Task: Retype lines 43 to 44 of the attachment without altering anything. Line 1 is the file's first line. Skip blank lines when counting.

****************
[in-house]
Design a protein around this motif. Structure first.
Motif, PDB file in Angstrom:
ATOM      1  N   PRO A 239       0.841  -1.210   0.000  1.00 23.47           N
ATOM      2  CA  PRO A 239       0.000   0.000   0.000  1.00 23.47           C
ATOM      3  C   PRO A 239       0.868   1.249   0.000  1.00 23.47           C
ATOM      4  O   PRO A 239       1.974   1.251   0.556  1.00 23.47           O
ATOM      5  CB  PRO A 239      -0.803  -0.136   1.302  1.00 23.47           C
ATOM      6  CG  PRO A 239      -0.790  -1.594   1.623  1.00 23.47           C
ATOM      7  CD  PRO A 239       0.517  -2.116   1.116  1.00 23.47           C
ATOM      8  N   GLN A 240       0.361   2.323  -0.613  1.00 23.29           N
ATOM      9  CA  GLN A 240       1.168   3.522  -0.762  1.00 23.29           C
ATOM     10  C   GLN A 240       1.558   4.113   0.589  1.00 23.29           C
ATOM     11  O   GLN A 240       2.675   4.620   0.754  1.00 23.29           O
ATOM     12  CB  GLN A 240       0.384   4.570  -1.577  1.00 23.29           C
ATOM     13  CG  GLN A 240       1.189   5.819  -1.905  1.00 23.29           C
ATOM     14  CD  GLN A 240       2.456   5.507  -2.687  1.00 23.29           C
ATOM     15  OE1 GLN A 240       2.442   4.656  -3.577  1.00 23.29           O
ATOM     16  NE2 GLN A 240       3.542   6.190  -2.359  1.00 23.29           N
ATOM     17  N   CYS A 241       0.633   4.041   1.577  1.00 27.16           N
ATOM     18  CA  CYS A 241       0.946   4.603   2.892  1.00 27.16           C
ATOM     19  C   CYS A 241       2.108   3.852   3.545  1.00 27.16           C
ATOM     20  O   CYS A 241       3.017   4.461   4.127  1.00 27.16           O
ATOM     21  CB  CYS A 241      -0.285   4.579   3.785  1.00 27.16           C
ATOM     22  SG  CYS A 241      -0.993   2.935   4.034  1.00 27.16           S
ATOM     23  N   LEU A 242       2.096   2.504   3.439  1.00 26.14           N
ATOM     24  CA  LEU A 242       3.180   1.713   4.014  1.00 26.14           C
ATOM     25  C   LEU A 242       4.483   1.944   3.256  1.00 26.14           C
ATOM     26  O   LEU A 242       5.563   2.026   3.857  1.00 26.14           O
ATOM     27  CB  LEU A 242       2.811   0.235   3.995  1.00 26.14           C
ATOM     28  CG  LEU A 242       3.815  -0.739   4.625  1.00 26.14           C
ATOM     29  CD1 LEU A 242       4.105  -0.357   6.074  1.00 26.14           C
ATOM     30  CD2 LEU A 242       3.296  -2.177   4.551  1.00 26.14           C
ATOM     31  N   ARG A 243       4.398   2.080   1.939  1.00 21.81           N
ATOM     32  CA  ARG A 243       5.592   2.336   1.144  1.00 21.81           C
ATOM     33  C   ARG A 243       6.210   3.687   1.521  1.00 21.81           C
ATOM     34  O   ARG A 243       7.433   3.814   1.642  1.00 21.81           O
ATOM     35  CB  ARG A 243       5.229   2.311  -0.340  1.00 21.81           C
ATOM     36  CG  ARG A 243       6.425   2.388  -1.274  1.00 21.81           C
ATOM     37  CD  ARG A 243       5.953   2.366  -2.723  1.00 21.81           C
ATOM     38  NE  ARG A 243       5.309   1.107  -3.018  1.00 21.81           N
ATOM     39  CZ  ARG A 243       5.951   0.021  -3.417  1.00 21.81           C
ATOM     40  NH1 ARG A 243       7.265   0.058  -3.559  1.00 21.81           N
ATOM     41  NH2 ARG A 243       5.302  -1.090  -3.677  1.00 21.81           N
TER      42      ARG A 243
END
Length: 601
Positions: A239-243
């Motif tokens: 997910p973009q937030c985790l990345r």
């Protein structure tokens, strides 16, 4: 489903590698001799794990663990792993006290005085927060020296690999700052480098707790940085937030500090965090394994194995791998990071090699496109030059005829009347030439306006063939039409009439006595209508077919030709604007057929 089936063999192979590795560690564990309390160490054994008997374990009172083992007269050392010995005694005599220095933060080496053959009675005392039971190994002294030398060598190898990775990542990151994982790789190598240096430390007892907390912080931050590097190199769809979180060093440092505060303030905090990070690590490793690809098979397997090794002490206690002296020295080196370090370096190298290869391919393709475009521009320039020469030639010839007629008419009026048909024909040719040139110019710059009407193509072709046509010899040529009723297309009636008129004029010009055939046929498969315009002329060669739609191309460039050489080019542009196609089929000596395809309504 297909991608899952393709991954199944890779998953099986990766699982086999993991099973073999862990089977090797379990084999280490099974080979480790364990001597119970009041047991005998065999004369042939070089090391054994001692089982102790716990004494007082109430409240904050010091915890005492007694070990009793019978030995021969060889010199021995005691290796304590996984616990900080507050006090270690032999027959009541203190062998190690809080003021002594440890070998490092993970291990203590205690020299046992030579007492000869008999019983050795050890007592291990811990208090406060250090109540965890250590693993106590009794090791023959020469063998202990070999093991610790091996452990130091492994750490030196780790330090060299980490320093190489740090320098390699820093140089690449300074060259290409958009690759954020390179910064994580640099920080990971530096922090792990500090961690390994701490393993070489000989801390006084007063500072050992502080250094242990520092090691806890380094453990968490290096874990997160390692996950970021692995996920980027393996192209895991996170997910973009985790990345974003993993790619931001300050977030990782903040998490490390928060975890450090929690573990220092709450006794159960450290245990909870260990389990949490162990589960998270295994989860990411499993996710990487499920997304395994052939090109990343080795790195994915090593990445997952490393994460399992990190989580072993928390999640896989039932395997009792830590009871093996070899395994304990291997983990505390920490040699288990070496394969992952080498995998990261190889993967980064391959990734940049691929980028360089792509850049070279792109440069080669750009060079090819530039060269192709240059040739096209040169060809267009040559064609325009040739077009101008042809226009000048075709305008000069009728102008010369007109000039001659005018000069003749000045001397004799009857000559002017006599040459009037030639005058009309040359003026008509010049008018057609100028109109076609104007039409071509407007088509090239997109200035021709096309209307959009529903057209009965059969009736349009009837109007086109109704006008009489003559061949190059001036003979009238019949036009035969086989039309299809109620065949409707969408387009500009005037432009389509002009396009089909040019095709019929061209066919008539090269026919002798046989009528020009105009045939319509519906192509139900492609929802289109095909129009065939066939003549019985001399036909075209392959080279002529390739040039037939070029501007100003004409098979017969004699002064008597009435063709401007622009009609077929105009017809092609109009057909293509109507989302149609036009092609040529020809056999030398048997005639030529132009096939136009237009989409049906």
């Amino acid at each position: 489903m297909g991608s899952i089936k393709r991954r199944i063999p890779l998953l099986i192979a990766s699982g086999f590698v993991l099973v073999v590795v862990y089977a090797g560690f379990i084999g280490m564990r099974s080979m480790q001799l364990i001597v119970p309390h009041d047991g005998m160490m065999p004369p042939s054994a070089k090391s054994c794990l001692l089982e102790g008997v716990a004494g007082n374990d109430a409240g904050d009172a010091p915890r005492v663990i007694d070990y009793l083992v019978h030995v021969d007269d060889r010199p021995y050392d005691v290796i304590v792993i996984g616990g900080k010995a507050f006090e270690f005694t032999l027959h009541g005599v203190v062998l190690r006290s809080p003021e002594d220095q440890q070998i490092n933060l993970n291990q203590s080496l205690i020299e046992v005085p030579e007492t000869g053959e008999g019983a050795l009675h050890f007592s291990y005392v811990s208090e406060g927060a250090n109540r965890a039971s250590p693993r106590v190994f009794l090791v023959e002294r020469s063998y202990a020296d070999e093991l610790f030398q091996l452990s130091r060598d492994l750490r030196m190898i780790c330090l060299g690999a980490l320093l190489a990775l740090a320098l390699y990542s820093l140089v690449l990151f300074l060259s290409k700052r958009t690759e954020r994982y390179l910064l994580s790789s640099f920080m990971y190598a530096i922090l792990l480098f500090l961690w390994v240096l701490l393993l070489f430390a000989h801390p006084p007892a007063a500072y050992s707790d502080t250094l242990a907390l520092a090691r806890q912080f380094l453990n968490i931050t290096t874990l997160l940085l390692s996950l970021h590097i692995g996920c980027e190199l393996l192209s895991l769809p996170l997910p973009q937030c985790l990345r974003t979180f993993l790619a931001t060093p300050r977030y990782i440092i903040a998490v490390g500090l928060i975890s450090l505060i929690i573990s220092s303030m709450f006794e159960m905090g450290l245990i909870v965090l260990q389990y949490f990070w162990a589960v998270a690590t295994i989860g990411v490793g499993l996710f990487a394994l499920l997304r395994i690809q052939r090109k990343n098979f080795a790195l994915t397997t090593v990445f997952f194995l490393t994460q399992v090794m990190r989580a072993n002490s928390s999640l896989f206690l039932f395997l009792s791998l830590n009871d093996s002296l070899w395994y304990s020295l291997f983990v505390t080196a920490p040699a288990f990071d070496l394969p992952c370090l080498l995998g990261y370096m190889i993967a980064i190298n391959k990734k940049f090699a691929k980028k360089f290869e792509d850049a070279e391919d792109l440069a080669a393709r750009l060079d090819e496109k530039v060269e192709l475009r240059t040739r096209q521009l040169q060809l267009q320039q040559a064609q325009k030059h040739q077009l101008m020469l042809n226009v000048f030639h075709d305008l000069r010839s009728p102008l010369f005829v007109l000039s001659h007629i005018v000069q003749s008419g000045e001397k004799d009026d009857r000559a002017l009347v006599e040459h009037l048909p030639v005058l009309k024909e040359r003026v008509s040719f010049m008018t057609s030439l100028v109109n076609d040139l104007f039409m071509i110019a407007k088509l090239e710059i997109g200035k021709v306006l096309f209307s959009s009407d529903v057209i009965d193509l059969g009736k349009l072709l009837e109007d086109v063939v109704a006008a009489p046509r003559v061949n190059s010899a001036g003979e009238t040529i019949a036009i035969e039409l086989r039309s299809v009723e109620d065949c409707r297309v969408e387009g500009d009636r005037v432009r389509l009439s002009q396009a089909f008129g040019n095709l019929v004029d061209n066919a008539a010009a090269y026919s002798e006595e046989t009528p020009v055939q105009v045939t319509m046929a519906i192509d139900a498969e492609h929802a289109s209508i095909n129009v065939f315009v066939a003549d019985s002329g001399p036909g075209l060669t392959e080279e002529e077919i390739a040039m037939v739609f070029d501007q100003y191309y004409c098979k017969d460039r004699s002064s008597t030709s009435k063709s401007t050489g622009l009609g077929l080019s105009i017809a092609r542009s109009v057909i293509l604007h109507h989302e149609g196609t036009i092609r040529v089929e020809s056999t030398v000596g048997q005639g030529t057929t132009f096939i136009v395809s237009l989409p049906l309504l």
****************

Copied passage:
ATOM     40  NH1 ARG A 243       7.265   0.058  -3.559  1.00 21.81           N
ATOM     41  NH2 ARG A 243       5.302  -1.090  -3.677  1.00 21.81           N